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Marc-André Dalbavie, a young French composer who has been compared to Debussy for his use of orchestral color, was the first composing fellow in residence with the Cleveland Orchestra at Severance Hall. At a concert in May 2000, when Pierre Boulez was conducting a work by the young composer, the great pianist Mitsuko Uchida was soloist, and all of sudden it seeemd a very good idea for the younger man to compose a piano concerto. Shortly thereafter, he heard the brilliant Norwegian pianist, Leif Ove Andsnes in concert, and the die was cast. (The concerto received its world première last summer in London.)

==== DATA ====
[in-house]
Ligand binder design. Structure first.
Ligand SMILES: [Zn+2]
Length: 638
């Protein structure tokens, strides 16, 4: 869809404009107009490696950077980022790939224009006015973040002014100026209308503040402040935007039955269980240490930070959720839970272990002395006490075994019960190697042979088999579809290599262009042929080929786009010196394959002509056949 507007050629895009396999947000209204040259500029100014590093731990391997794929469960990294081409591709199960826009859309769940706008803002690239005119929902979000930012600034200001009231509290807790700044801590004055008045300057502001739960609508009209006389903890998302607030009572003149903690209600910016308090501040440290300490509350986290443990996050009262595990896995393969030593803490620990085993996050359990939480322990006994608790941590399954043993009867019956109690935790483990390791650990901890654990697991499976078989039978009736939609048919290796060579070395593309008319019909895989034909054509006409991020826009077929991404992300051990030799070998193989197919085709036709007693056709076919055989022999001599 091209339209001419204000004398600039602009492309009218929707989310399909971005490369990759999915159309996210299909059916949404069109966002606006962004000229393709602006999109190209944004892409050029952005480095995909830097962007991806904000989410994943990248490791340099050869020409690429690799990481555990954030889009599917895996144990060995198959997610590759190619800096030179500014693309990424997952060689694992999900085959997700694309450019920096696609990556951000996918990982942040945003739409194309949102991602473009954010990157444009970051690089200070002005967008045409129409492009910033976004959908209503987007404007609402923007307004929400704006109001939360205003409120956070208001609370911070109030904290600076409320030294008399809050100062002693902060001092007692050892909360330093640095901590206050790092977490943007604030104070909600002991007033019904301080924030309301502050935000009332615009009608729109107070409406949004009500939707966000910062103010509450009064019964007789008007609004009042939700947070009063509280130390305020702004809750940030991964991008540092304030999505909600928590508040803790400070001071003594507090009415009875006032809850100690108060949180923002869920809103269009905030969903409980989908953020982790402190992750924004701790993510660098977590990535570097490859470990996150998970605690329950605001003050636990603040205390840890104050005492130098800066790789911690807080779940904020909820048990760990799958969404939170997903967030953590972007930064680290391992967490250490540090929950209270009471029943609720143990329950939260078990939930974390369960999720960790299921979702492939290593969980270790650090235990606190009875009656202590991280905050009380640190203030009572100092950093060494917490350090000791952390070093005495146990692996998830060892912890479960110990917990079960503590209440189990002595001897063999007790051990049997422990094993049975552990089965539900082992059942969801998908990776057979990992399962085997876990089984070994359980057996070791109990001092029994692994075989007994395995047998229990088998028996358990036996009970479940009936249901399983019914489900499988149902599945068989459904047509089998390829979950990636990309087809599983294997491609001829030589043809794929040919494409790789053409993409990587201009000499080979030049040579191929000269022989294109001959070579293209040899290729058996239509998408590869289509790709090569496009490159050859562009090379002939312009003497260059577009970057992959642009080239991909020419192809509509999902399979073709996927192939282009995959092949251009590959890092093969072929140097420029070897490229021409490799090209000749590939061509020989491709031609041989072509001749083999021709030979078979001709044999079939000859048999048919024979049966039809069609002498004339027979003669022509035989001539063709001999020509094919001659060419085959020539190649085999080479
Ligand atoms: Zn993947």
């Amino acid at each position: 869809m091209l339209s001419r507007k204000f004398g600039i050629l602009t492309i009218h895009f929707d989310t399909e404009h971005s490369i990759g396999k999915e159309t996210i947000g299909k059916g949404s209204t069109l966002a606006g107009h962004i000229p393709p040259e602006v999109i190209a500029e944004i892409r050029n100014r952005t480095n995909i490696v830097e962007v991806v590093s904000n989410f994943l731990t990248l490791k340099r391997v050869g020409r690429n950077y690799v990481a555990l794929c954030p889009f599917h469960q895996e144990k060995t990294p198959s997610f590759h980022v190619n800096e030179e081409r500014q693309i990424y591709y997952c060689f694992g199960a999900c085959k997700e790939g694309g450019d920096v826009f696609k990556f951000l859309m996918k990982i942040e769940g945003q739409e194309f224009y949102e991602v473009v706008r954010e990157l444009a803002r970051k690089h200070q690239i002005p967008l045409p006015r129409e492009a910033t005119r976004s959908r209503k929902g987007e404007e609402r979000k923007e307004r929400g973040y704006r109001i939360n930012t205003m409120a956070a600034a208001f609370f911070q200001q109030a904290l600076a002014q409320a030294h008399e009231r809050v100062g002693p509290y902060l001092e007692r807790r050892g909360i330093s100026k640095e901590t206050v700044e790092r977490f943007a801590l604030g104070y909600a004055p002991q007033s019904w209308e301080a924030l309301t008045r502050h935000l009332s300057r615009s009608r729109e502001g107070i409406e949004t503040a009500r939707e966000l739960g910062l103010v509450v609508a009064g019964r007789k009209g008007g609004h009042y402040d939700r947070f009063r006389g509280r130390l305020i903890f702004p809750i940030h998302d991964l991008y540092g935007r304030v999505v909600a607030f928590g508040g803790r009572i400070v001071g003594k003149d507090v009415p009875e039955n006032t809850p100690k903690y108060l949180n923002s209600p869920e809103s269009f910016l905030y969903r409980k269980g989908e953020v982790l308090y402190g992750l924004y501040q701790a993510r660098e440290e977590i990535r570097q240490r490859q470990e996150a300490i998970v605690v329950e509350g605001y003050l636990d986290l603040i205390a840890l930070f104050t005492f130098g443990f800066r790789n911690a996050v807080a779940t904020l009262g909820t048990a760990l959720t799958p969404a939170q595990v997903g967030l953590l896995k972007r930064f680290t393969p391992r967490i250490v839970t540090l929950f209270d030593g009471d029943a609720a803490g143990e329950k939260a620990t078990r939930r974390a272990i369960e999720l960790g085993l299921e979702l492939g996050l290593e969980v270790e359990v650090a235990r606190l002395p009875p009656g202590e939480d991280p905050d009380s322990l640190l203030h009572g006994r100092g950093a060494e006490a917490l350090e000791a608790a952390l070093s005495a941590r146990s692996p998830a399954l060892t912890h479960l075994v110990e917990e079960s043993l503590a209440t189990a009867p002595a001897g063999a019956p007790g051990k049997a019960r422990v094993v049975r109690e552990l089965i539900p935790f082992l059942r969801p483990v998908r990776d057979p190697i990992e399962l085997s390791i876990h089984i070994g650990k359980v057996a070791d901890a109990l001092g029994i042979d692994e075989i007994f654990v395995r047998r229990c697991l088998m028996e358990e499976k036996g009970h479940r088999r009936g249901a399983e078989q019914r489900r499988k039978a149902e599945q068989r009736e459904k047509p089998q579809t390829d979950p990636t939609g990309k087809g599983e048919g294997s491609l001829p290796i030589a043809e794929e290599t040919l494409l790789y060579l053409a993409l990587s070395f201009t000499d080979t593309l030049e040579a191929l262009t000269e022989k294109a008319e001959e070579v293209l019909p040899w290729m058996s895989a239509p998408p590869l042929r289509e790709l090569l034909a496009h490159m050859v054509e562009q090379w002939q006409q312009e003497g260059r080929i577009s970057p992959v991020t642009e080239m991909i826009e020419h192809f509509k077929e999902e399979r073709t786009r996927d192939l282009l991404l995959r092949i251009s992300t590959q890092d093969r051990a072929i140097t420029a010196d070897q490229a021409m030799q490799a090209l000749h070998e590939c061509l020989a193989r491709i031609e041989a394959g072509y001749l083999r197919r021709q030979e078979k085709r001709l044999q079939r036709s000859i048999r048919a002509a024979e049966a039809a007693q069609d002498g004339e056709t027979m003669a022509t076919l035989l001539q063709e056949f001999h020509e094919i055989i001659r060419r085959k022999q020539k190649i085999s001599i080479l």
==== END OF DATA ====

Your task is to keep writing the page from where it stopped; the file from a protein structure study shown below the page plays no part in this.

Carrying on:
Pianist Leif Ove Andsnes gives the first US performance of Marc-André Dalbavie's Piano Concerto at Severance Hall with the Cleveland Orchestra. Photo © 2006 Roger Mastroianni
Ripples and cascades of notes -- sometimes in octaves from the piano -- as well as scales, abound in this concerto, almost always in a descending mode. There are no electronic instruments employed, although there are slides and swoops in the trombones and a good many sforzandos (sudden loud note that rapidly diminishes in volume) throughout the entire brass section. Here and there were brief smidgens of minimalism -- patterns of notes repeated over and over, before changing into something else.
Copyright © 9 January 2006
Kelly Ferjutz, Cleveland USA